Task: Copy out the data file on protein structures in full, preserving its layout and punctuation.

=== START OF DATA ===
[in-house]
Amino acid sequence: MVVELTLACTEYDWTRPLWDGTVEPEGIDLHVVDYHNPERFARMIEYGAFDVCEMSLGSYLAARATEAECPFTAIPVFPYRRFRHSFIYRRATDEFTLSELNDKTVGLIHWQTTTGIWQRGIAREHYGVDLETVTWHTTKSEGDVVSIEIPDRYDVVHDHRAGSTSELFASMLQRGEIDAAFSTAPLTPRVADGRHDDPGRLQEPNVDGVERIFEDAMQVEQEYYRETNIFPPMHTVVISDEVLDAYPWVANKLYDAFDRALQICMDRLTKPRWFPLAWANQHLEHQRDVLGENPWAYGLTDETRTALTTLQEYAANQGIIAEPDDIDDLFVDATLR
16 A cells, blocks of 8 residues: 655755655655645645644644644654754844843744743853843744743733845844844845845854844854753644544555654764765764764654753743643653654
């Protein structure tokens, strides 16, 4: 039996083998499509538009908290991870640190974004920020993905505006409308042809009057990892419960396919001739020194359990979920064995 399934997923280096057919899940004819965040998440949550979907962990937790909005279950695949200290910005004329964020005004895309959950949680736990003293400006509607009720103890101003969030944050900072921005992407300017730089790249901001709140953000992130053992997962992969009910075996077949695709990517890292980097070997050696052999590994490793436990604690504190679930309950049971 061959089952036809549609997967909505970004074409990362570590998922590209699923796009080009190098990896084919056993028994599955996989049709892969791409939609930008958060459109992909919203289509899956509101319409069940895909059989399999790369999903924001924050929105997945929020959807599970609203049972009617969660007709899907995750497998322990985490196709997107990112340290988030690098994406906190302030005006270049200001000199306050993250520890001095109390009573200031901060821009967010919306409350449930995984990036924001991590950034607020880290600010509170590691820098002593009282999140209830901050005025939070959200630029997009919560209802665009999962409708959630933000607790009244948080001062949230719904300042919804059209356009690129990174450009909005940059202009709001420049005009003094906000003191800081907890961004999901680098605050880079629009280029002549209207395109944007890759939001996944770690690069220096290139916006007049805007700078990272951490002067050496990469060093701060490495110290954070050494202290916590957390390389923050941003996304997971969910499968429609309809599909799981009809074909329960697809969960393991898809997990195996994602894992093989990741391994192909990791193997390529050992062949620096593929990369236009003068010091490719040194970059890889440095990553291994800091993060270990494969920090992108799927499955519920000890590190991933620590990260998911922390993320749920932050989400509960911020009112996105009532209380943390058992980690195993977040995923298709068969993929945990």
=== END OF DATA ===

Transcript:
[in-house]
Amino acid sequence: MVVELTLACTEYDWTRPLWDGTVEPEGIDLHVVDYHNPERFARMIEYGAFDVCEMSLGSYLAARATEAECPFTAIPVFPYRRFRHSFIYRRATDEFTLSELNDKTVGLIHWQTTTGIWQRGIAREHYGVDLETVTWHTTKSEGDVVSIEIPDRYDVVHDHRAGSTSELFASMLQRGEIDAAFSTAPLTPRVADGRHDDPGRLQEPNVDGVERIFEDAMQVEQEYYRETNIFPPMHTVVISDEVLDAYPWVANKLYDAFDRALQICMDRLTKPRWFPLAWANQHLEHQRDVLGENPWAYGLTDETRTALTTLQEYAANQGIIAEPDDIDDLFVDATLR
16 A cells, blocks of 8 residues: 655755655655645645644644644654754844843744743853843744743733845844844845845854844854753644544555654764765764764654753743643653654
């Protein structure tokens, strides 16, 4: 039996083998499509538009908290991870640190974004920020993905505006409308042809009057990892419960396919001739020194359990979920064995 399934997923280096057919899940004819965040998440949550979907962990937790909005279950695949200290910005004329964020005004895309959950949680736990003293400006509607009720103890101003969030944050900072921005992407300017730089790249901001709140953000992130053992997962992969009910075996077949695709990517890292980097070997050696052999590994490793436990604690504190679930309950049971 061959089952036809549609997967909505970004074409990362570590998922590209699923796009080009190098990896084919056993028994599955996989049709892969791409939609930008958060459109992909919203289509899956509101319409069940895909059989399999790369999903924001924050929105997945929020959807599970609203049972009617969660007709899907995750497998322990985490196709997107990112340290988030690098994406906190302030005006270049200001000199306050993250520890001095109390009573200031901060821009967010919306409350449930995984990036924001991590950034607020880290600010509170590691820098002593009282999140209830901050005025939070959200630029997009919560209802665009999962409708959630933000607790009244948080001062949230719904300042919804059209356009690129990174450009909005940059202009709001420049005009003094906000003191800081907890961004999901680098605050880079629009280029002549209207395109944007890759939001996944770690690069220096290139916006007049805007700078990272951490002067050496990469060093701060490495110290954070050494202290916590957390390389923050941003996304997971969910499968429609309809599909799981009809074909329960697809969960393991898809997990195996994602894992093989990741391994192909990791193997390529050992062949620096593929990369236009003068010091490719040194970059890889440095990553291994800091993060270990494969920090992108799927499955519920000890590190991933620590990260998911922390993320749920932050989400509960911020009112996105009532209380943390058992980690195993977040995923298709068969993929945990």